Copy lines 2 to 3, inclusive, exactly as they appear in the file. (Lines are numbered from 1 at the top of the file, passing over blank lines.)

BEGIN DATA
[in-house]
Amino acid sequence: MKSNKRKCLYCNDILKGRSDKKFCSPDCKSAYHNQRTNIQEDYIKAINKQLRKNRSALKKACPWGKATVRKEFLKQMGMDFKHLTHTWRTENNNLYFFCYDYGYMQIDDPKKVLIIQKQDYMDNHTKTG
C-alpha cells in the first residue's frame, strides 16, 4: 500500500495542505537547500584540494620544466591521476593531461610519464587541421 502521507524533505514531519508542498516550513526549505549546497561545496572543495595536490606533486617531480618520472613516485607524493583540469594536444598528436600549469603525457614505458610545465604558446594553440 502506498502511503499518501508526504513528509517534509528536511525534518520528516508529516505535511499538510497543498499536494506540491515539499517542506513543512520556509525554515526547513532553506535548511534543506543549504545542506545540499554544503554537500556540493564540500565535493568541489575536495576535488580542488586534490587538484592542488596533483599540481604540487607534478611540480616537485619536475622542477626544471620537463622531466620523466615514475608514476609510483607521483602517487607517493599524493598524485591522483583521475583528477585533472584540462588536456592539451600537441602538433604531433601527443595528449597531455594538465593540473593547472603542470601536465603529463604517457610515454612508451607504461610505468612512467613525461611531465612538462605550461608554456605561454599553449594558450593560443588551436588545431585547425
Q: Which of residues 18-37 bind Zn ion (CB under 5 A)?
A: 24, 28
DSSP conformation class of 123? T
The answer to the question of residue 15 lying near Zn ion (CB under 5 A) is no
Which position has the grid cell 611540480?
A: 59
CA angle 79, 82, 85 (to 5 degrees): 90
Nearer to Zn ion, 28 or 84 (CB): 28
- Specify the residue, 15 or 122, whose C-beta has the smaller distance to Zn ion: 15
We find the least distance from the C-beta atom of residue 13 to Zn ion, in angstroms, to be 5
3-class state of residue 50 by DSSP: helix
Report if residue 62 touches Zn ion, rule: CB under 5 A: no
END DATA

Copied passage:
Amino acid sequence: MKSNKRKCLYCNDILKGRSDKKFCSPDCKSAYHNQRTNIQEDYIKAINKQLRKNRSALKKACPWGKATVRKEFLKQMGMDFKHLTHTWRTENNNLYFFCYDYGYMQIDDPKKVLIIQKQDYMDNHTKTG
C-alpha cells in the first residue's frame, strides 16, 4: 500500500495542505537547500584540494620544466591521476593531461610519464587541421 502521507524533505514531519508542498516550513526549505549546497561545496572543495595536490606533486617531480618520472613516485607524493583540469594536444598528436600549469603525457614505458610545465604558446594553440 502506498502511503499518501508526504513528509517534509528536511525534518520528516508529516505535511499538510497543498499536494506540491515539499517542506513543512520556509525554515526547513532553506535548511534543506543549504545542506545540499554544503554537500556540493564540500565535493568541489575536495576535488580542488586534490587538484592542488596533483599540481604540487607534478611540480616537485619536475622542477626544471620537463622531466620523466615514475608514476609510483607521483602517487607517493599524493598524485591522483583521475583528477585533472584540462588536456592539451600537441602538433604531433601527443595528449597531455594538465593540473593547472603542470601536465603529463604517457610515454612508451607504461610505468612512467613525461611531465612538462605550461608554456605561454599553449594558450593560443588551436588545431585547425